(b) Jurisdiction. This section shall be applicable only within the unincorporated areas of the county and_ as provided in Chapter 20 of this code.

( c) Penalty. Violations of this section are punishable as provided in section 1-7.

SECTION II: Chapter 20, article IV, section 20-128, of the Code of Ordinances, County of Volusia is amended to read as follows: Ordinance 2016-06 Page 1 of 2 Section 20-128. Possession of Cannabis and Cannabis Paraphernalia. It shall be unlawful for any_ person_ to _possess 20 grams or less of cannabis as_ defined_ in F .S §893.02(3), or its successor, or drug paraphernalia as defined in F.S. §893.145, or its successor. SECTION III: AUTHORIZING INCLUSION IN CODE – The provisions of this ordinance shall be included and incorporated into the Code of Ordinances of the County of Volusia, a.S additions or amendments thereto, and shall be appropriately renumbered to conform to the uniform numbering system of the code. SECTION IV: SEVERABILITY – Should any word, phrase, sentence, subsection or section be held by a court of competent jurisdiction to be illegal, void, unenforceable, or unconstitutional, then that word, phrase, sentence, subsection or section so held shall be severed from this ordinance and all other words, phrases, sentences, subsections, or sections shall remain in full force and effect. SECTION V: CONFLICTING ORDINANCES – All ordinances, or part thereof, in conflict herewith are, to the extent of such conflict, repealed.
SECTION VI: EFFECTIVE DATE-This Ordinance shall take effect April 1, 2016. ADOPTED BY THE COUNTY COUNCIL OF VOLUSIA COUNTY, FLORIDA, IN OPEN MEETING DULY ASSEMBLED IN THE COUNTY COUNCIL CHAMBERS AT THE THOMAS C. KELLY ADMINISTRATION CENTER, 123 WEST INDIANA AVENUE, DELAND, FLORIDA, THIS 3RD DAY OF MARCH A.D., 2016.

Sec. 1-7. – General penalty; continuing violations.

In this section, the phrase “violation of this Code” means any of the following:

(1) Doing an act that is prohibited or made or declared unlawful, an offense or a misdemeanor by ordinance or by rule or regulation authorized by ordinance.

(2) Failure to perform an act that is required to be performed by ordinance or by rule or regulation authorized by ordinance.

(3) Failure to perform an act if the failure is declared a misdemeanor or an offense or unlawful by ordinance or by rule or regulation authorized by ordinance.

(b) In this section, the phrase “violation of this Code” does not include the failure of a county officer or county employee to perform an official duty unless the context requires otherwise.

(c) Except as otherwise provided, a person convicted of a violation of this Code shall be punished by a fine not exceeding $500.00, by imprisonment in the county jail for a term not exceeding 60 days, or by both such fine and imprisonment. For violations of this Code that are continuous with respect to time, each day the violation continues is a separate offense in the absence of provisions to the contrary.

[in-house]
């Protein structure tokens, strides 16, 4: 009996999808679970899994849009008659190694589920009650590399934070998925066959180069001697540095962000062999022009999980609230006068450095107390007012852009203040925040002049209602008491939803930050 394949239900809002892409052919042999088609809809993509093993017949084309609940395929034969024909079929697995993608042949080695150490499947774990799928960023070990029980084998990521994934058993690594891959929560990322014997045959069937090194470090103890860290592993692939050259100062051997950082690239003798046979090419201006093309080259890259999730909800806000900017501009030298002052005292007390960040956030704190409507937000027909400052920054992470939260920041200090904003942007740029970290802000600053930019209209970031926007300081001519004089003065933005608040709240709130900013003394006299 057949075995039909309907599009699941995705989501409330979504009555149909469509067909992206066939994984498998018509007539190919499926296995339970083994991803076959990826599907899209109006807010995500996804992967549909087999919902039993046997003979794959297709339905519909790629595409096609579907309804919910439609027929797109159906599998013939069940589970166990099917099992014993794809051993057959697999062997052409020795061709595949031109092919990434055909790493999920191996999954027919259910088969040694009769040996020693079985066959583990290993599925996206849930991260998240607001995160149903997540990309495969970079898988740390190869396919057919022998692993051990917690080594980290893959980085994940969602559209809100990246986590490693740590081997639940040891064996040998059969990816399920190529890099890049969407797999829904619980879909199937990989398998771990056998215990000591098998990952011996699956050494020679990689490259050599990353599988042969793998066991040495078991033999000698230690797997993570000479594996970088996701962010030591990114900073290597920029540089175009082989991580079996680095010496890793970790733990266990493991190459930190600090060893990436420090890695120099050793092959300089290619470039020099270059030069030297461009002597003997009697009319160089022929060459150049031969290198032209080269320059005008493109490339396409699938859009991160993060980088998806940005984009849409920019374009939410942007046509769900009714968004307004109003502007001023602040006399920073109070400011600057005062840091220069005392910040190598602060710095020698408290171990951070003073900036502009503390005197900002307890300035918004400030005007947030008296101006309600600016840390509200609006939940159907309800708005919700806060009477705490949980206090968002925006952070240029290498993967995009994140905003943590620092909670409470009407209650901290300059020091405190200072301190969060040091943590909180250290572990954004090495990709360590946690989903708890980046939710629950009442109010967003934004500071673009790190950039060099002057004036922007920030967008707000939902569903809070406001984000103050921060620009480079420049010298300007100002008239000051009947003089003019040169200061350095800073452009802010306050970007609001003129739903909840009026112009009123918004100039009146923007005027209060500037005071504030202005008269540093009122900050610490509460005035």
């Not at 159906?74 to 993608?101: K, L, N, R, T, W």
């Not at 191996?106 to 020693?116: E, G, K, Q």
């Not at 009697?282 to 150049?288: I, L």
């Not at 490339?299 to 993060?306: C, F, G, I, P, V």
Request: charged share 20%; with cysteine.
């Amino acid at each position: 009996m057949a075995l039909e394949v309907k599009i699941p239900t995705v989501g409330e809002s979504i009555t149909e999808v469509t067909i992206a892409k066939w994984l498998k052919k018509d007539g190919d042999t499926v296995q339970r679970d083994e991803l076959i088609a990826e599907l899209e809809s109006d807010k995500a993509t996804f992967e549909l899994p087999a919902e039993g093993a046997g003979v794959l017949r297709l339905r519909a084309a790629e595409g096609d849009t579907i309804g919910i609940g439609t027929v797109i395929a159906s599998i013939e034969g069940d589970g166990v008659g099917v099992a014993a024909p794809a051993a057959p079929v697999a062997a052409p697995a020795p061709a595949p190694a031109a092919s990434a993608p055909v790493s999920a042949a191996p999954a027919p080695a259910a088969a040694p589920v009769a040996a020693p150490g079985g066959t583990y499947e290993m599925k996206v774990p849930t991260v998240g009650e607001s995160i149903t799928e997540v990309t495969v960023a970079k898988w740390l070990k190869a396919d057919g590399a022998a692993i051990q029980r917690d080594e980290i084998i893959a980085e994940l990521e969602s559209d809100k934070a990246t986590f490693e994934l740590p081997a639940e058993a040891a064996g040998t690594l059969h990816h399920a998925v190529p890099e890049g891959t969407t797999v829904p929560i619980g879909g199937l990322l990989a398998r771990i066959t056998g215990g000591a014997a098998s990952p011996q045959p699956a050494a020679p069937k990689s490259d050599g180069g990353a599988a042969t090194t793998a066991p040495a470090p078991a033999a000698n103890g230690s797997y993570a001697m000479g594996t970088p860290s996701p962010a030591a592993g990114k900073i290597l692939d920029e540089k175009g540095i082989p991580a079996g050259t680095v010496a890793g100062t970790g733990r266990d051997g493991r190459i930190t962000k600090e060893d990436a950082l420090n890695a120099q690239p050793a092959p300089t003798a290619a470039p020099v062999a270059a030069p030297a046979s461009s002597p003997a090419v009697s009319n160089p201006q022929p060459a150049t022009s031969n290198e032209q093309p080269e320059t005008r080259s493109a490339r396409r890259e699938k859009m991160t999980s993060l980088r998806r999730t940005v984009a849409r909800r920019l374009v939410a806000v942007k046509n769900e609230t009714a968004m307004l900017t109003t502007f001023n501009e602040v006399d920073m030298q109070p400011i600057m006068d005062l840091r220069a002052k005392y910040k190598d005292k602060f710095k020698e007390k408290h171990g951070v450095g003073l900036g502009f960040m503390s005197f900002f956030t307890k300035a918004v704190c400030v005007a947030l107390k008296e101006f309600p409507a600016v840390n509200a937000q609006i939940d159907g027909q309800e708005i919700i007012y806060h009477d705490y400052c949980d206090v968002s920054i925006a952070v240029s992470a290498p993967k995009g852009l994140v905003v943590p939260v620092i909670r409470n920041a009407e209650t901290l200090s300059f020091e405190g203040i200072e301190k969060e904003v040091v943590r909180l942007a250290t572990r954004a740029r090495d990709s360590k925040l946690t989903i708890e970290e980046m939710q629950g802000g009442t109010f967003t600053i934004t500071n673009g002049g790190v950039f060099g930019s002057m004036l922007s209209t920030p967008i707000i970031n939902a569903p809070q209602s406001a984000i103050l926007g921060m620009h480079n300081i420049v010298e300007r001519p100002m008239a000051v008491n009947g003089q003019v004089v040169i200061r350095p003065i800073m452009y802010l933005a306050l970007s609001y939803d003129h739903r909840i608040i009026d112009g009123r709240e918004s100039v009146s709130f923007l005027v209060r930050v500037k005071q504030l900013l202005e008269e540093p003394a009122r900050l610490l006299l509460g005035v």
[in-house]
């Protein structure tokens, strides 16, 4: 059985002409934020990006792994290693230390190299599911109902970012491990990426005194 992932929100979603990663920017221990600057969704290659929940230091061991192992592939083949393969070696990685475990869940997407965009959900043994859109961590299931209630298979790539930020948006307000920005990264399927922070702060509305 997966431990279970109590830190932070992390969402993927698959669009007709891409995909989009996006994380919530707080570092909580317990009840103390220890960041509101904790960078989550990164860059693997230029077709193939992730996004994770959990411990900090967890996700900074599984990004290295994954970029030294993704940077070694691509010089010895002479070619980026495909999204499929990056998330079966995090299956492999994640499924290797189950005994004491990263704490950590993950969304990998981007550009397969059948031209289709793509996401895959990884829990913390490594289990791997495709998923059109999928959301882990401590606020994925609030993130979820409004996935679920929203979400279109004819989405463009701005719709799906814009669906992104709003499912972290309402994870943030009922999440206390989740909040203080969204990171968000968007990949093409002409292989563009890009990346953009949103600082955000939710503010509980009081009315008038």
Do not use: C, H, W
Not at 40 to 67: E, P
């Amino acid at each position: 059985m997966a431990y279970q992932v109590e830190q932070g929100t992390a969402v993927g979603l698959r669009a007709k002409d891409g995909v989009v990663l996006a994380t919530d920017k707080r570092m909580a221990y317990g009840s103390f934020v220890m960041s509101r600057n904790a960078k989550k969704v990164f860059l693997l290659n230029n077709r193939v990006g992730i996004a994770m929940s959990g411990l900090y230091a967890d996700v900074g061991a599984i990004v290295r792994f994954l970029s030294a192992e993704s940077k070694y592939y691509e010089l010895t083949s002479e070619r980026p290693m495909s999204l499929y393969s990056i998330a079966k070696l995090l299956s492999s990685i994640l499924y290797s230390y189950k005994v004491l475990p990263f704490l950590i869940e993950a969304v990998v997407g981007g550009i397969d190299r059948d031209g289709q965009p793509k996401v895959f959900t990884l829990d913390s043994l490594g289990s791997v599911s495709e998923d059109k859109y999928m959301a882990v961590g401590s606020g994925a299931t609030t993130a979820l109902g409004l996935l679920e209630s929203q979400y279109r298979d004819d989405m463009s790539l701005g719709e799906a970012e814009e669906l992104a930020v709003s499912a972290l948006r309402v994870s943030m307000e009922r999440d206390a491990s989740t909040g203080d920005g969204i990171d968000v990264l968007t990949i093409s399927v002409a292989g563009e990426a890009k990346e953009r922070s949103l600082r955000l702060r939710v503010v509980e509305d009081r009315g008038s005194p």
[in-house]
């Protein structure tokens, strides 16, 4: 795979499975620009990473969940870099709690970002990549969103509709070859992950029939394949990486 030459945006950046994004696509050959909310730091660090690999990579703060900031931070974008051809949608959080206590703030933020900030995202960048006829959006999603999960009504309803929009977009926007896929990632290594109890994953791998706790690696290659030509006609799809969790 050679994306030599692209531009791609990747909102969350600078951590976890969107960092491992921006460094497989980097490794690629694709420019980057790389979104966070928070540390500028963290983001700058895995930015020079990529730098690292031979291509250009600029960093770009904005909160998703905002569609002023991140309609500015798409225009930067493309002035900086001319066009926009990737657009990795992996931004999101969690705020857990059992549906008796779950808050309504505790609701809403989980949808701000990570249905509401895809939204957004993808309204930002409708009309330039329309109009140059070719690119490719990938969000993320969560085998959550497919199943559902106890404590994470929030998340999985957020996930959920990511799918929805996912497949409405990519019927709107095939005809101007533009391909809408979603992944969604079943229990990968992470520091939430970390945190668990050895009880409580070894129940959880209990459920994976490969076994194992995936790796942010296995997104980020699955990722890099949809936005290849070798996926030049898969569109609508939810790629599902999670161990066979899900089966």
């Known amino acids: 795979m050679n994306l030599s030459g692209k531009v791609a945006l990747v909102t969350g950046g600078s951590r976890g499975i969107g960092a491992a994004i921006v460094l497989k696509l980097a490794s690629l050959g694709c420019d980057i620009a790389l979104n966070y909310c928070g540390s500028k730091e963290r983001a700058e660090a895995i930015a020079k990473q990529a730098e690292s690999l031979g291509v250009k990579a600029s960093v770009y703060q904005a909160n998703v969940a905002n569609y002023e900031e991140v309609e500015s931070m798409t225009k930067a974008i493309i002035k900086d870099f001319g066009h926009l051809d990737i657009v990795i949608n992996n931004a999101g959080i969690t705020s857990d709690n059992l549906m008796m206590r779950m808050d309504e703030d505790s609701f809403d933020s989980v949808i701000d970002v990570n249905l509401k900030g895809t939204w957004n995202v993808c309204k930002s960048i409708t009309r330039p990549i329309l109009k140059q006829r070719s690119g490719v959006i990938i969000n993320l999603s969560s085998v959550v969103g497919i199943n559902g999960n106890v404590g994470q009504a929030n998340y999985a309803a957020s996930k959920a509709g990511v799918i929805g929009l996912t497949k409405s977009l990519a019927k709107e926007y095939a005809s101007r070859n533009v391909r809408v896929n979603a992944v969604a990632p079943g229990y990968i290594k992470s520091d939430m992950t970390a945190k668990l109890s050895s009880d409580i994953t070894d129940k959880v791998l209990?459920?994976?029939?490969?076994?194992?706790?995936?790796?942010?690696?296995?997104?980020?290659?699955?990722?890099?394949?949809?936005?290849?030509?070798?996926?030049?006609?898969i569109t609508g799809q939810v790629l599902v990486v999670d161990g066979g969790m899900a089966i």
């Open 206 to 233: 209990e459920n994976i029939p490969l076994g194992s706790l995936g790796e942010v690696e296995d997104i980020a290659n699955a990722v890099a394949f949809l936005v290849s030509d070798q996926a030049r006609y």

(d) The imposition of a penalty does not prevent revocation or suspension of a license, permit or franchise, the imposition of civil penalties or other administrative actions.

(e) Violations of this Code may be abated by injunctive or other equitable or civil relief, and no bond shall be required, nor proof of intent or scienter. The imposition of a penalty does not prevent equitable relief. Violations of this Code are also subject to remedies prescribed in article VII of chapter 2.

(f) In any litigation commenced by the county to enforce the provisions or to enjoin a violation of this Code, the county shall be entitled to reasonable attorney’s fees incurred in such litigation. For the purpose of this Code, a reasonable attorney’s fee shall not be limited to the actual salary paid to an attorney employed by the county, but shall be computed in the manner otherwise applicable under law.

(Ord. No. 99-28, § XIII, 11-4-99; Ord. No. 2009-20, § I, 8-20-09)

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Daytona Beach Marijuana Attorney Kevin J. Pitts


Daytona Beach DUI Under .08%

We occasionally see DUI cases in Daytona Beach and the surrounding area with a breath test results under .08%. What is a greater surprise to the individual is that they are not released from jail and are charged with DUI. It is one thing when drugs are suspected and the individual tests positive for drugs or refuses the urine test. This does not mean that the individual is impaired but it does give the State something additional to pile on in an attempt to obtain a conviction. What I am focusing on in this article is the Daytona Beach DUI case under .08% with negative urine results or no urine requested. It is important that you do not underestimate the situation if you have a breath test under .08%. You still need to talk to an experienced Daytona Beach DUI attorney. The state might still try to get a DUI conviction or at least a wet reckless. Call attorney Kevin J. Pitts at 386-451-5112 to set up a free consultation.

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Daytona Beach DUI Attorney Kevin J. Pitts